Alfred Preudhomme de Borre 1833-1905

 


Alfred Preudhomme de Borreo.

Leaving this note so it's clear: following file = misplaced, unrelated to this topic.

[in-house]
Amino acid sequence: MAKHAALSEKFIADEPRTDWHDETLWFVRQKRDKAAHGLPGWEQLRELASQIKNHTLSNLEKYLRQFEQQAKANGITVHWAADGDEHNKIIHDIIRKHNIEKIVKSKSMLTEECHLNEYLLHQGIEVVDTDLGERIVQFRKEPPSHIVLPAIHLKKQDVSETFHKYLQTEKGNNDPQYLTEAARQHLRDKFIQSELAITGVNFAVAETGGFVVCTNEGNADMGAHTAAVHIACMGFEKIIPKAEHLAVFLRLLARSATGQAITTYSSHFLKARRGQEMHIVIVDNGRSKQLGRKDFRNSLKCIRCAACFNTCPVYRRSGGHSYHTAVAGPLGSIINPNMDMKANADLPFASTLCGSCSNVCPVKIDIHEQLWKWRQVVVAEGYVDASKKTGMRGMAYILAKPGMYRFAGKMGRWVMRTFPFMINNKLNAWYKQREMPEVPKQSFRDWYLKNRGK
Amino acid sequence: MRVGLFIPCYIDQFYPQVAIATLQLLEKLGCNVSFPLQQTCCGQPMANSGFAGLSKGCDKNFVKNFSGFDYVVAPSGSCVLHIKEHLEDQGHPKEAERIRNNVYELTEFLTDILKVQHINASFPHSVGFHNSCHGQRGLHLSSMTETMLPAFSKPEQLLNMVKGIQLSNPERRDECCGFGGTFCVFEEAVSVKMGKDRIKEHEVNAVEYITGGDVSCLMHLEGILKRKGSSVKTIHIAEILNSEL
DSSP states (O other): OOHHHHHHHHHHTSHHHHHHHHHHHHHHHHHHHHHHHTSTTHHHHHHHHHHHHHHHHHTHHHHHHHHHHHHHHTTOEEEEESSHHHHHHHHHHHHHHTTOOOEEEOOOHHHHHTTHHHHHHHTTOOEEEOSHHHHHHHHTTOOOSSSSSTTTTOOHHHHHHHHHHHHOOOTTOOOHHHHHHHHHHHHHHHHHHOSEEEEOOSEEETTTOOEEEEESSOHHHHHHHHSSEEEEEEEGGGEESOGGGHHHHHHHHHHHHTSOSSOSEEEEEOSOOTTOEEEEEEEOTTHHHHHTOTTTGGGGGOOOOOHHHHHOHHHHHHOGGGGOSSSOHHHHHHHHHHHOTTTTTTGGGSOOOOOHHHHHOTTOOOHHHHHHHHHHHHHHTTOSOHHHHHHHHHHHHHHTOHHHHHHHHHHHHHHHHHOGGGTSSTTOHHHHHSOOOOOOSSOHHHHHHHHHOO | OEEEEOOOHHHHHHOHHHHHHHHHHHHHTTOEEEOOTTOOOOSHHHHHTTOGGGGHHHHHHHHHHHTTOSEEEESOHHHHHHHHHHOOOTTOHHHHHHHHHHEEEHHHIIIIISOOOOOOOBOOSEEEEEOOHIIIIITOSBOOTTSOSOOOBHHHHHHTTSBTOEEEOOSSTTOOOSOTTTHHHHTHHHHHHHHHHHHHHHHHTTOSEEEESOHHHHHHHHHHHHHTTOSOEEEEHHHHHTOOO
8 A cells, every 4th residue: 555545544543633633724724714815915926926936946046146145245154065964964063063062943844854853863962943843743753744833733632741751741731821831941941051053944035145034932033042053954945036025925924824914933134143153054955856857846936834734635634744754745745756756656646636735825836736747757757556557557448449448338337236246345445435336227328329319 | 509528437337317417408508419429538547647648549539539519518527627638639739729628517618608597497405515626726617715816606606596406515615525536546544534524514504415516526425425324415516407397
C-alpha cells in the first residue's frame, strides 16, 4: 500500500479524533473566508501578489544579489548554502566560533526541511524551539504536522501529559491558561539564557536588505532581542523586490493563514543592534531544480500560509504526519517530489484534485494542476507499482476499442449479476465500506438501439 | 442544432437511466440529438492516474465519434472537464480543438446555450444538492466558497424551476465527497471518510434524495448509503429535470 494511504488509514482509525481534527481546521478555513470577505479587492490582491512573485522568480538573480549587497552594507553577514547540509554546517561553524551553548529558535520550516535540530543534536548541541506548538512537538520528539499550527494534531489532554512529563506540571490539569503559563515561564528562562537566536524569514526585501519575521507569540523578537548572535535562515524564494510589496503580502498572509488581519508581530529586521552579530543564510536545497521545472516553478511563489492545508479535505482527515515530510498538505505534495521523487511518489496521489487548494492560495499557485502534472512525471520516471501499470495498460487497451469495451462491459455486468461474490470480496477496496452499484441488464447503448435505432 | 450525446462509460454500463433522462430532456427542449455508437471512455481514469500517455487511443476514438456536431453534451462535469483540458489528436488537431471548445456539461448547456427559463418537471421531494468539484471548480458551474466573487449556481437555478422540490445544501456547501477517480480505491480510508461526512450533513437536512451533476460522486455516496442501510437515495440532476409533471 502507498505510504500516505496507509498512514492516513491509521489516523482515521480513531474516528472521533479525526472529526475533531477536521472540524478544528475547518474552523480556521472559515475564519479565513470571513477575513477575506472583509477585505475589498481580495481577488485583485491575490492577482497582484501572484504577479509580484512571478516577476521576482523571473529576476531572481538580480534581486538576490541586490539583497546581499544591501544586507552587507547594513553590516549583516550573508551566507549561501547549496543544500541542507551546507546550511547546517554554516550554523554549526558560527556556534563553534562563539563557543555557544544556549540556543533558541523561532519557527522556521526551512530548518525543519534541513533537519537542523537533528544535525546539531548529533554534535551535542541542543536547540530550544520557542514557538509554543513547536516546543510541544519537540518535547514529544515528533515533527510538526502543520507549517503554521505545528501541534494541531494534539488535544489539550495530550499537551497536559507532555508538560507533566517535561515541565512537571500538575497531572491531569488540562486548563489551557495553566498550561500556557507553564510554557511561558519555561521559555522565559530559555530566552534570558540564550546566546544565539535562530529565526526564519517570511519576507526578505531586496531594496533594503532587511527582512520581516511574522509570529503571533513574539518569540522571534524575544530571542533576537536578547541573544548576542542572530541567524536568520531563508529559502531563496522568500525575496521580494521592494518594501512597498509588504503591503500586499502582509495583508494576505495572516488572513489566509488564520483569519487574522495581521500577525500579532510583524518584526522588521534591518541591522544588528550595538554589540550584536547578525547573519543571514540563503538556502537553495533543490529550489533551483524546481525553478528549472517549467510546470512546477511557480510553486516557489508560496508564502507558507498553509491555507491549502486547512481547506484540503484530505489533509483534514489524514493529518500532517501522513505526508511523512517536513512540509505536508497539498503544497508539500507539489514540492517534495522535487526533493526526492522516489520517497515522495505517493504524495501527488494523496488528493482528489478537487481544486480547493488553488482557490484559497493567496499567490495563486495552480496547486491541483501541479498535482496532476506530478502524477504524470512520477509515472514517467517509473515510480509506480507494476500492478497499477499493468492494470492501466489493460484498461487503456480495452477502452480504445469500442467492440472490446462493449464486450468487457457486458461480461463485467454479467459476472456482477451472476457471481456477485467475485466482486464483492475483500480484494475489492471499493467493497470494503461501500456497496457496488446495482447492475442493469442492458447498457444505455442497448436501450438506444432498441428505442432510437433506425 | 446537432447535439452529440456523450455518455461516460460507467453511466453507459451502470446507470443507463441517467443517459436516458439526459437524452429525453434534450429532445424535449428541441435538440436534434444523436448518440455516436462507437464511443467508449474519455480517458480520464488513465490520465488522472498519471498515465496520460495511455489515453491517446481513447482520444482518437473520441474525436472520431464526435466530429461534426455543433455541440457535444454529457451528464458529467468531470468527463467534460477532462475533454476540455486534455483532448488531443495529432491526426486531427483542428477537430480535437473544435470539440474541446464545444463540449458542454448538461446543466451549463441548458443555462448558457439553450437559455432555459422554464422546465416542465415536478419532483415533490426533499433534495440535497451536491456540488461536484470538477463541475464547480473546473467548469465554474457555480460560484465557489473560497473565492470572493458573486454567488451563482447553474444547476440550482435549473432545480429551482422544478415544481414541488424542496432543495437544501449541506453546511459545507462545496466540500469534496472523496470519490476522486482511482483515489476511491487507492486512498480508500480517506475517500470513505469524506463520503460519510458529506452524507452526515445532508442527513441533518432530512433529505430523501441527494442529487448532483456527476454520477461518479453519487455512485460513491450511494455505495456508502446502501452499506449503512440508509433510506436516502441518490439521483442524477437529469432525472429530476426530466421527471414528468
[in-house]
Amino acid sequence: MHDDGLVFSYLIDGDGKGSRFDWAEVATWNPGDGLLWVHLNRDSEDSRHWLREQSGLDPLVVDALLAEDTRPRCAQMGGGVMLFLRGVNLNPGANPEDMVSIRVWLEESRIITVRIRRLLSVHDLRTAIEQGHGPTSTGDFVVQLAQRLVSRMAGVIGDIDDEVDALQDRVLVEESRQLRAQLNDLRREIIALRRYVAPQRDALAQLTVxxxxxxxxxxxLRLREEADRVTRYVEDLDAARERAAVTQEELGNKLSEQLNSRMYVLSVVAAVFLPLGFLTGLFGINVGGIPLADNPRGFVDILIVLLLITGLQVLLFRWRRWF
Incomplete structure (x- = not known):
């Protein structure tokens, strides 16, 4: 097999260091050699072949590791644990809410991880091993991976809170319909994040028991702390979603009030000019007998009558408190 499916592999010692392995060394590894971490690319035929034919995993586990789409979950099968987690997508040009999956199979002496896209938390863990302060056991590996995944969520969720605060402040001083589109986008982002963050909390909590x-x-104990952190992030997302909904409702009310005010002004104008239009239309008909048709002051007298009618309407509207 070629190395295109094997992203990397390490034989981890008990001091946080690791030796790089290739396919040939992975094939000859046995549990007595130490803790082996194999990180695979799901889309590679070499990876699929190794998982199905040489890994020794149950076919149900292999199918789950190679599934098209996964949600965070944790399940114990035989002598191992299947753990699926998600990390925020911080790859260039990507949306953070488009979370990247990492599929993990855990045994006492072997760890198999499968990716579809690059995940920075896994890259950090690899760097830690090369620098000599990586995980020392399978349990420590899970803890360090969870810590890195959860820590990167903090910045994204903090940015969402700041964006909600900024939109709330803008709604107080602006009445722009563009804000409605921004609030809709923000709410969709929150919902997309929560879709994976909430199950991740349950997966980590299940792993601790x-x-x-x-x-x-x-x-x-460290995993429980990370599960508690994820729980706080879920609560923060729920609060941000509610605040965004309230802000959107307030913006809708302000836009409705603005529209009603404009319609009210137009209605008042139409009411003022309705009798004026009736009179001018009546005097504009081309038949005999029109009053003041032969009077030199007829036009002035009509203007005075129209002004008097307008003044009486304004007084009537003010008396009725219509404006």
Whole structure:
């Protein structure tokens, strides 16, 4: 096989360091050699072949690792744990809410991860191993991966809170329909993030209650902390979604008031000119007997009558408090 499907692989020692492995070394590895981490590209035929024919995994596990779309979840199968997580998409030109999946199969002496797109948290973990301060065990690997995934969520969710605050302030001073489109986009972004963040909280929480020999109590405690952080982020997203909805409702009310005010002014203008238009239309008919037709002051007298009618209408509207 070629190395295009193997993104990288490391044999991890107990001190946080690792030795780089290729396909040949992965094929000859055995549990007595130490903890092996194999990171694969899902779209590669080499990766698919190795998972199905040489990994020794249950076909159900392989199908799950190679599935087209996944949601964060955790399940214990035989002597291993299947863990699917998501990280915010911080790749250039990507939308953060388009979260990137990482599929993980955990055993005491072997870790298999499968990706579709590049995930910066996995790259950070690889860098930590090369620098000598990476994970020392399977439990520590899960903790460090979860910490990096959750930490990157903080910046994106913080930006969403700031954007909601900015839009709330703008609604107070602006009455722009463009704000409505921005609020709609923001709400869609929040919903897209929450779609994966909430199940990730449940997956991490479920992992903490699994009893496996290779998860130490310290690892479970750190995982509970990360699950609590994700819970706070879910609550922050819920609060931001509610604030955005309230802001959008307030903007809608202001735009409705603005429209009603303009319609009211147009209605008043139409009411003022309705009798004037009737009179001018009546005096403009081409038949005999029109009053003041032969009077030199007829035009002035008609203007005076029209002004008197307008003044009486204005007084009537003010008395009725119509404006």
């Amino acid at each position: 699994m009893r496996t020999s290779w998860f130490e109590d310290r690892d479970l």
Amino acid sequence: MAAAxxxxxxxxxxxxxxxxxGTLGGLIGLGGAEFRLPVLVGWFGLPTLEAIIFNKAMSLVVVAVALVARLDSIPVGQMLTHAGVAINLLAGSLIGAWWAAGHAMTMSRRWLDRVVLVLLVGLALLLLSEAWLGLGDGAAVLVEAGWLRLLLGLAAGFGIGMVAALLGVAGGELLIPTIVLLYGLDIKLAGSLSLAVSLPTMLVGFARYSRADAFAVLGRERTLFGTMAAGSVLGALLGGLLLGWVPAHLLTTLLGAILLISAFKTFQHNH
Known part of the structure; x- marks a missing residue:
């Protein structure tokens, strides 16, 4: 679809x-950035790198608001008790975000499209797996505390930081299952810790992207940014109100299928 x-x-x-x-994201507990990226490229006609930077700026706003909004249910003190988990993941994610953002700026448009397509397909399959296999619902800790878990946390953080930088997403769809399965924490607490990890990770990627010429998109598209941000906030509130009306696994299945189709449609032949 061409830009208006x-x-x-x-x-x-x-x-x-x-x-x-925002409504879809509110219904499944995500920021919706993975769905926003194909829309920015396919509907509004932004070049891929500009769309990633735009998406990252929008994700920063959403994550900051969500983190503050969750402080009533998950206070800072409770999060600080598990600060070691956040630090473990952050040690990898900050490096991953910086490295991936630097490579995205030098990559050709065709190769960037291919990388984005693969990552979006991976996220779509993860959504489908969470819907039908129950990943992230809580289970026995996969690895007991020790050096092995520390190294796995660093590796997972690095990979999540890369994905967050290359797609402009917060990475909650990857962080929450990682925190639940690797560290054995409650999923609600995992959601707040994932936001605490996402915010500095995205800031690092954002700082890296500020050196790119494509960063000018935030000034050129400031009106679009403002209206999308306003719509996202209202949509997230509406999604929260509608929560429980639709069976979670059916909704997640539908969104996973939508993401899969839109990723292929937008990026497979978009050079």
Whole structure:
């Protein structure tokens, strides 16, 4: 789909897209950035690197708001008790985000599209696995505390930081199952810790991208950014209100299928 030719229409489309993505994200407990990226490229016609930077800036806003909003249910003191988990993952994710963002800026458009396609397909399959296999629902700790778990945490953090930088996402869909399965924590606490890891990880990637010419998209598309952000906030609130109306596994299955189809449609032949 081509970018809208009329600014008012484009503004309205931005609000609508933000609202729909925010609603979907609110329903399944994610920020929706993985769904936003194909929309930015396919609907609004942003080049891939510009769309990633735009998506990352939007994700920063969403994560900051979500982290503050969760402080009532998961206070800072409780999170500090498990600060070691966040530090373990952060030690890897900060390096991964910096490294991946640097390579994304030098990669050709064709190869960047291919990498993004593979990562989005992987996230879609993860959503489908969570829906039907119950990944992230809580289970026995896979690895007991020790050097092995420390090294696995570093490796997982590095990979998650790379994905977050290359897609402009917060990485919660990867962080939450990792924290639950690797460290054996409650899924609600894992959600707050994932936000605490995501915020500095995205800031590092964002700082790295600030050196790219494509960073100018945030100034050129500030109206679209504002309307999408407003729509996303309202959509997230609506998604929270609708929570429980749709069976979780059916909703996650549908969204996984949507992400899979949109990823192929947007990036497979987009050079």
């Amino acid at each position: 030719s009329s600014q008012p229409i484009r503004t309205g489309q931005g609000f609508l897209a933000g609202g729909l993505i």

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Charles Francois Paul Alfred Preudhomme de Borre was born on 14 April 1833 in Jemeppe-sur-Meuse, Liège province, Belgium, to a noble family. As a young student at the University of Liège, he was influenced by his professor, Théodore Lacordaire, and his fellow students, Ernest C. Candèze and Félicen Chapuis, to study insects. By 1865, after reorganization of the Musée Royal d'Histoire Naturelle of Belgium, he was appointed curator of reptiles at the Museum. In 1870 he was commissioned by the museum director, Mr. Edouard Dupont, to organize, increase, and establish a national collection of arthropods. Motivated by Candèze and Sélys Longchamps, and with the suppport of members of the Société Entomologique de Belgique, he developed a novel method of work: collections were taken out of the Museum and sent to taxonomists in several countries for identification. Accordingly, the museum affiliated numerous collaborators. These results encouraged donation of private collections to the museum, thus assuring maintenance and utilization. In 1879, P. de Borre stated that the insect collections increased from 80,000 to more than one million specimens in nine years. He also introduced procedures for correct labeling of each specimen with locality data and collecting date. During his life he published at least 195 papers dealing with several groups, such as Odonata, Coleoptera, Lepidoptera, Myriapoda, Scorpionida, Crustacea, and Mollusca. His work on scarabs is dedicated to Scarabaeinae, Orphninae, and Trogidae. He married Emilie Coblenz in 1876, but after one year she died giving birth to his daughter. After that, he felt intense depression that led to disagreement with the museum director, and so in 1889 he renounced his position as curator and retired to Geneva. He died 27 February 1905 at Grand-Saconnex, Geneva, Switzerland.
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